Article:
Ccx North, a new loft residence being developed by Bertigo Partners Inc. "CCX" are the Roman numerals for the address "210."
The modern, three-story seven-unit CCX North will feature open spaces with floor-to-ceiling blue tinted windows. Standard features include polished concrete floors, smooth-finish plaster walls, specialty lighting, a one-car garage and a storage area. The lofts, priced between $228,250 and $329,000, will span 850 to 1,410 square feet.
The top floor will house a single 3,800-square-foot residence. Every unit includes a private balcony and indoor garage. Groundbreaking for CCX North is scheduled for january with completion in december. Architects designed CCX North, which will be built by Nationwide Contractors Inc.
Ccx north a new loft residence in the district CCX are the roman numerals for address 210 an urban home with state-of-the-art loft the futuristic building will house six loft condominiums and a 3,800 square-foot penthouse it will have a large garden area with tall henon bamboo 'which is also known as singing bamboo, green space, the lot is a half acre so the green space will give the residents a nice place to sit and also make it so thy donít feel like they are on top of their neighbor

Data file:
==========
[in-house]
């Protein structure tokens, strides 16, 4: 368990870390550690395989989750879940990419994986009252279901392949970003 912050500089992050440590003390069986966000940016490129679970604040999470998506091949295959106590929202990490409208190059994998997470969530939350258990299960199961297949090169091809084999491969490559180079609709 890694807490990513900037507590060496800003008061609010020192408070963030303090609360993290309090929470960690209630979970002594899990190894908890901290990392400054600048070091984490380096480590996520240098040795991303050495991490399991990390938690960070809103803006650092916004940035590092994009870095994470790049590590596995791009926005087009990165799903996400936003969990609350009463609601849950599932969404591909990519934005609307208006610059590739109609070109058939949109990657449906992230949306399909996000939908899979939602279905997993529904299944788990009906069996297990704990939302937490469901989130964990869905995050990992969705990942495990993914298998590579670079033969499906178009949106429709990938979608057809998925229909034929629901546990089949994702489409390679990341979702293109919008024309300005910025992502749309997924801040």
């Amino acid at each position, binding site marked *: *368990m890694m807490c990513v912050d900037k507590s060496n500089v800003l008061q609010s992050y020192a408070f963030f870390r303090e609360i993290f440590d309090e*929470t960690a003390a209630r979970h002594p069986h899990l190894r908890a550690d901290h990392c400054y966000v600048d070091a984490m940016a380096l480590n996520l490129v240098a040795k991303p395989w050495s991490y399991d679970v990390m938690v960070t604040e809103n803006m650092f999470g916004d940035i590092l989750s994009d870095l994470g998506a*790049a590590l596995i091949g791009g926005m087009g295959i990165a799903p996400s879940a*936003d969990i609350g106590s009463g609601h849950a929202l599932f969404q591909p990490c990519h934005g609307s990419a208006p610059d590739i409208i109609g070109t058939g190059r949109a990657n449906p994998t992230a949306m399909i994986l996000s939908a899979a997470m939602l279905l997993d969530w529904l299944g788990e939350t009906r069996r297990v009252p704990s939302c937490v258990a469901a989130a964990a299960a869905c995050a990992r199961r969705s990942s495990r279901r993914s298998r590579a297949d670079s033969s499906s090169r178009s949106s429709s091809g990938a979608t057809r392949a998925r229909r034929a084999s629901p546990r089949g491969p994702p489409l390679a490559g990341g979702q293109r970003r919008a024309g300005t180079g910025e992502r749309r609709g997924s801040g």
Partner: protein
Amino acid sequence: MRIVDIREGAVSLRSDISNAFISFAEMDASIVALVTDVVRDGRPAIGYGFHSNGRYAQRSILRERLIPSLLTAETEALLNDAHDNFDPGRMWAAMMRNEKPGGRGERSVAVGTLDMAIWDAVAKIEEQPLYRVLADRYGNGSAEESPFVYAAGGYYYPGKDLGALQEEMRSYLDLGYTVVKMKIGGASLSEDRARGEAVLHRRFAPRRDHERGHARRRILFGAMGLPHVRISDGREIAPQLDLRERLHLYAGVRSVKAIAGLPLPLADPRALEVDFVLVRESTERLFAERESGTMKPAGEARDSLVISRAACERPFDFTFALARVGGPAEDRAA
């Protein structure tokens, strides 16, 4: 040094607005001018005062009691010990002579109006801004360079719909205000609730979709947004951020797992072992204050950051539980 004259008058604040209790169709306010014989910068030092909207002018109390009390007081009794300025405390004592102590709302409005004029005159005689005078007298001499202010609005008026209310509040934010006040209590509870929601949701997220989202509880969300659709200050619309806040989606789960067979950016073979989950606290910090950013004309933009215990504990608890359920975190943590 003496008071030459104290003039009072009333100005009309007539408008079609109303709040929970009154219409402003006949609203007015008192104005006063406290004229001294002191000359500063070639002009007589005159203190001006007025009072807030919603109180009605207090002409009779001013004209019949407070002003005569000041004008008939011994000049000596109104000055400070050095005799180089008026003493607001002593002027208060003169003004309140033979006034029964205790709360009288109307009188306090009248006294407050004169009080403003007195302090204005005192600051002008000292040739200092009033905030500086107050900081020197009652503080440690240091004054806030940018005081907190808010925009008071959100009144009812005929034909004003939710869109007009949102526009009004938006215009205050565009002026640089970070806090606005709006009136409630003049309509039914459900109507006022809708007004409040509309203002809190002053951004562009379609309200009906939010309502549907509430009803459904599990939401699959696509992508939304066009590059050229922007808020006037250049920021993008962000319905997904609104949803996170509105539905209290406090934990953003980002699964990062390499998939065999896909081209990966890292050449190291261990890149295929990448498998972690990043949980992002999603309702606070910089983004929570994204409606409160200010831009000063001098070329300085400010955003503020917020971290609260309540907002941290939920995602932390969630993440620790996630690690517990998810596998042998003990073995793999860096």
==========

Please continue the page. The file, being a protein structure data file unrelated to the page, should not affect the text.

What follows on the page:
The architecture is very european and something tampa has not seen before and excess of building code, 6 loft units will have 1/4 inch blue glass fronts facing 12th street and sizable terraces eith blue glass rails and 11foot floating ceilings, its own parking garage for each residence loft range 850 ft to 1,410 square ft the modern three -story, seven -unit ccx north is scheduled for early febuary with completion in september
210 North is the smallest condominium project proposed for the District to date. It consists of only seven condominium units sitting on a site that is approximately 160' by 115'. This site will be considerably under-built by our proposal and that is by choice. It can house many more units than the seven proposed here, but profit was not the motivating force behind this project.
The developers will be living here and want to control the size and quality of the development. As with the density, the project also does not take advantage of the allowable height. There is a sculptural architectural component that sits on the roof that reaches a height of forty-nine feet, but the building proper is basically two and a half stories and approximately thirty-five feet high, well below the building height allowed by zoning.
Bertigo Partners, Inc., the client for this project, has been an ideal client and partner in the design investigation that has led us to our design proposal. Their directive simply was to give the design our very best shot, to push the design envelope and to propose a unique and edgy urban response to their unique and edgy urban site.
They had no preconceptions for the design, other than it should be modern, in the truest sense of the word, which for me means it should be an appropriately contextual response to the industrial character of district. Ultimately, they wanted a place that they would be proud to call home.